At one of my always stimulating dinners with my late friend Zyg Jankowski, he said to me that the first decision a painter has to make about his work is a spacial one: how “deep” do you want to make the picture? John Carlson felt that every foot into nature counted; Ed Whiney had no interest in such realistic depth and recommended a student plan the composition on-site but walk around a corner to paint it. Over the years, I’ve been schizophrenic about the question. Under Emile Gruppe’s tutelage, I naturally followed Carlson’s path. Later, I experimented with a flatter approach , one which, carried to an extreme, can make the subject disappear in a series of flat planes.I rather enjoyed the broken, lively look of such surfaces. but felt that, after awhile, my pictures all began to look alike. They lacked mood. Now moderns like Hans Hoffmann despised the idea of mood; in fact, he called it a “swindle”– an easy way to make a pictorial statement at the cost of the more important and thoughtful thing: composition. My flat pictures, on the other hand, were all composition. I wandered back to a more “realistic” approach under the influence of artists like Sargent–who has undergone a publishing boom in the last twenty years–Sorolla, and the slew of recently discovered Russians. I also encountered a Timkov at the old Fleisher Museum which astonished me, since it had both mood and a selective flatness in its approach. Indeed, all the artists I’ve mentioned knew when to go flat and when to add modeling. Gruppe, for example, would make fun of still-lifes whose pots and bottles were so roundly-modeled that you got “dizzy” looking at them. I also had an important lesson from him early in my career. I’d done a rocky hillside with trees against the sky and bushes in the foreground. He came along with a big brush, eliminated a distracting silhouette by pushing the trees out of the top of the frame and mushed the foreground bushes into insignificance. He then drew a few dark lines in the rocks, emphasizing their structure. Done! That night, I jotted down his criticism: “In full light, you saw only the masses–as the sun went down, you saw the details and put them all in.” Of course, it took a while for this lesson to sink in! Sargent’s famous Lake Louise painting consists of similar flat smudges, and huge, dark-and-light compositional planes, all set off by a minimum of modeling in the foreground water. Such magic is possible when you give up any attempt to copy a subject photographically and instead focus on the large, simple masses that give the scene its visual interest . Once these planes are defined, very little modeling is need to bring “realism” to the subject. That’s why I don’t feel that the time I spent on my “flat period” was wasted: on the contrary, it made me even more aware of the importance of simple planes. It taught me how to summarize what I saw, how to make a precis of it–after which, I could put in as much “detail” as I wanted. In short, by adding very little, I could see how much I could get away. When entering a museum, I’m always anxious to see how this sort of slight-of-hand is practiced by the Masters. Not their manual skill, you understand; not, for example, how well they’ve painted the wings of a fly on a flower. But rather, how they’ve summarized that flower, reduced it to a few basic planes — and then brought it all to life by an edge or two and a few subtle shifts in value.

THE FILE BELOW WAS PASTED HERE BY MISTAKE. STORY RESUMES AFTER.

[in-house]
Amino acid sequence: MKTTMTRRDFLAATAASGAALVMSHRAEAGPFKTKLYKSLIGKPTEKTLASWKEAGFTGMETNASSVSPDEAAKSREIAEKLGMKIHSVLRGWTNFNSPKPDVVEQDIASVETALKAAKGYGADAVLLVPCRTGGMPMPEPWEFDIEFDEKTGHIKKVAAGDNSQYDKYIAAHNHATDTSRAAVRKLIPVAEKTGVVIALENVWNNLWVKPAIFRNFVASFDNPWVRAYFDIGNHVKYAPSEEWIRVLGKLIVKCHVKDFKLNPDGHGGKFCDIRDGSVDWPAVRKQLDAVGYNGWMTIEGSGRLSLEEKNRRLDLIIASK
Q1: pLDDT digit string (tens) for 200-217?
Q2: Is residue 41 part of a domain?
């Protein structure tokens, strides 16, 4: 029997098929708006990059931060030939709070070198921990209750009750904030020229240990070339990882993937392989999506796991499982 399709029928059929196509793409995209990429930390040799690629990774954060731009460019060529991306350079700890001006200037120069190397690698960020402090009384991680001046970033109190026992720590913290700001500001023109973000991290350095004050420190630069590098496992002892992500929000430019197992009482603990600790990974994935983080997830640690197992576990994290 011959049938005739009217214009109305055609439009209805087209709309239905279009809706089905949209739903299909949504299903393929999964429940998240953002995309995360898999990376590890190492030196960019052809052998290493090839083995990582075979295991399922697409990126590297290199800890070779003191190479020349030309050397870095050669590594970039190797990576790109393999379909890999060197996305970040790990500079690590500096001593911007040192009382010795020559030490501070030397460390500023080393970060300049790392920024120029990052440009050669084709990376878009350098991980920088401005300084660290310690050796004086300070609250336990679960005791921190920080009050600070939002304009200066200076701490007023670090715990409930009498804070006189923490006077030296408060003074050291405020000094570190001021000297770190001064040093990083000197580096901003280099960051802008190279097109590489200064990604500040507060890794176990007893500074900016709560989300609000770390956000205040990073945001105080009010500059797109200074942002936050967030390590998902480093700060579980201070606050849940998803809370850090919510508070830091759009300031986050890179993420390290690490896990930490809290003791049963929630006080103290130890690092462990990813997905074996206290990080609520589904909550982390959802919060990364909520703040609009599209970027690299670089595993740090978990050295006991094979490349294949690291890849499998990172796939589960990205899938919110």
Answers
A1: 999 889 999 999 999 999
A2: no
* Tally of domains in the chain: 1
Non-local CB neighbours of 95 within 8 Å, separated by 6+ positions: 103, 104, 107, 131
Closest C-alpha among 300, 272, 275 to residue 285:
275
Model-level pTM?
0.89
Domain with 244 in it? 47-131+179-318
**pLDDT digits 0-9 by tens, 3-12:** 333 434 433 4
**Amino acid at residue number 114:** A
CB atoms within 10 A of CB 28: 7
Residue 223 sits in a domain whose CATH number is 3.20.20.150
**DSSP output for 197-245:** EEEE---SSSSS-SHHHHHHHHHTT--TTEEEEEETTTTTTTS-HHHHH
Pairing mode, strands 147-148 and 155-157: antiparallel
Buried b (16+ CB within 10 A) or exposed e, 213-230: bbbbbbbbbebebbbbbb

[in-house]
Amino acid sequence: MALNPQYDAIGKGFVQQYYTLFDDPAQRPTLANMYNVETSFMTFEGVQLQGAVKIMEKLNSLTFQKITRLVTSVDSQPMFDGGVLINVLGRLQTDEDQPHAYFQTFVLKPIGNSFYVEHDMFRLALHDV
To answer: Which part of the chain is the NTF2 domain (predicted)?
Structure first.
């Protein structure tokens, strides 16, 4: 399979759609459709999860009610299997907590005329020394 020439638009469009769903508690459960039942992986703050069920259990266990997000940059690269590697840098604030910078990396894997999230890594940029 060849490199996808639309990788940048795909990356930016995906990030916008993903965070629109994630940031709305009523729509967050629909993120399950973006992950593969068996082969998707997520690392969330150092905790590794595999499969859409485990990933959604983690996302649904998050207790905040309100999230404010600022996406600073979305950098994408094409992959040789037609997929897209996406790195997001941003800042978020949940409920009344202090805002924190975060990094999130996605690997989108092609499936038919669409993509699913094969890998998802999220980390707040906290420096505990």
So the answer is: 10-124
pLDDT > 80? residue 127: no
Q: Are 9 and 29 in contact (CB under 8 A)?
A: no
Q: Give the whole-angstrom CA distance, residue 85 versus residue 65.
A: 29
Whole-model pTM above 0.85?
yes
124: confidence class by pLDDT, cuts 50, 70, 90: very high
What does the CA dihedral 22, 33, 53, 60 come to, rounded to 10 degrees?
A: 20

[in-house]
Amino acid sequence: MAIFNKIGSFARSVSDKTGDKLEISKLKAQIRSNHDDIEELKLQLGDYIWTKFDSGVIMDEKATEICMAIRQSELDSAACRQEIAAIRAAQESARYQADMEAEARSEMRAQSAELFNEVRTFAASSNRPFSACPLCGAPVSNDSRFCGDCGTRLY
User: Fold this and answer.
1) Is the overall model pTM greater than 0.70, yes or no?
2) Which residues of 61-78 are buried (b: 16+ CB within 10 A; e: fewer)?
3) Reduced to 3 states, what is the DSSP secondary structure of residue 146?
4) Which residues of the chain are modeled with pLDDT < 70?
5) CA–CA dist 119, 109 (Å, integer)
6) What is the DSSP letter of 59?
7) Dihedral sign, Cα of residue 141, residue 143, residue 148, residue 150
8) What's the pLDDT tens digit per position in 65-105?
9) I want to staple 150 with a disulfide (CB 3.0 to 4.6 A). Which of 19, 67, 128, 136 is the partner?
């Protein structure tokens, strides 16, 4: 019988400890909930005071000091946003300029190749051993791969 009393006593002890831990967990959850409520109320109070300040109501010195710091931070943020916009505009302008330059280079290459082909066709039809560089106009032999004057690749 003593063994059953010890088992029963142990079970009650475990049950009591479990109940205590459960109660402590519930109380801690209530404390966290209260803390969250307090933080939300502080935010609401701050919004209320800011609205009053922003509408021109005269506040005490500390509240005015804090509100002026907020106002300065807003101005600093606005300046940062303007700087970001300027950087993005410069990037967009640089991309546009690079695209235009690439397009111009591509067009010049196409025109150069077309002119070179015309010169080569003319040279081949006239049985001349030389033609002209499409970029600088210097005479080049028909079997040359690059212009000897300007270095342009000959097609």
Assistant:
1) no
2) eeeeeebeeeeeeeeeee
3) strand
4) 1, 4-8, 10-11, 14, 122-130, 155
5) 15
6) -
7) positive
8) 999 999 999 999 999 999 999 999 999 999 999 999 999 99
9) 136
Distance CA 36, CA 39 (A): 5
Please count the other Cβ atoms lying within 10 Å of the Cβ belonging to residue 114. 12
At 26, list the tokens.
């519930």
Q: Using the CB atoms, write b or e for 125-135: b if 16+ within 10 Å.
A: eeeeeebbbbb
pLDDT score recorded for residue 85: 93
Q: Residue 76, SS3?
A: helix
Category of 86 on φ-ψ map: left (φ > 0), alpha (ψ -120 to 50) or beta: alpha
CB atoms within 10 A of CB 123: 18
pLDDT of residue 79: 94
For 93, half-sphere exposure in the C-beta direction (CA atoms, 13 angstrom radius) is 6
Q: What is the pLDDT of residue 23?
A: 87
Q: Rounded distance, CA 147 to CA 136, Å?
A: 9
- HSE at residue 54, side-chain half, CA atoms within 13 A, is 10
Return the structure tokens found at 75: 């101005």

Note: for a further discussion of these points, check out YouTube: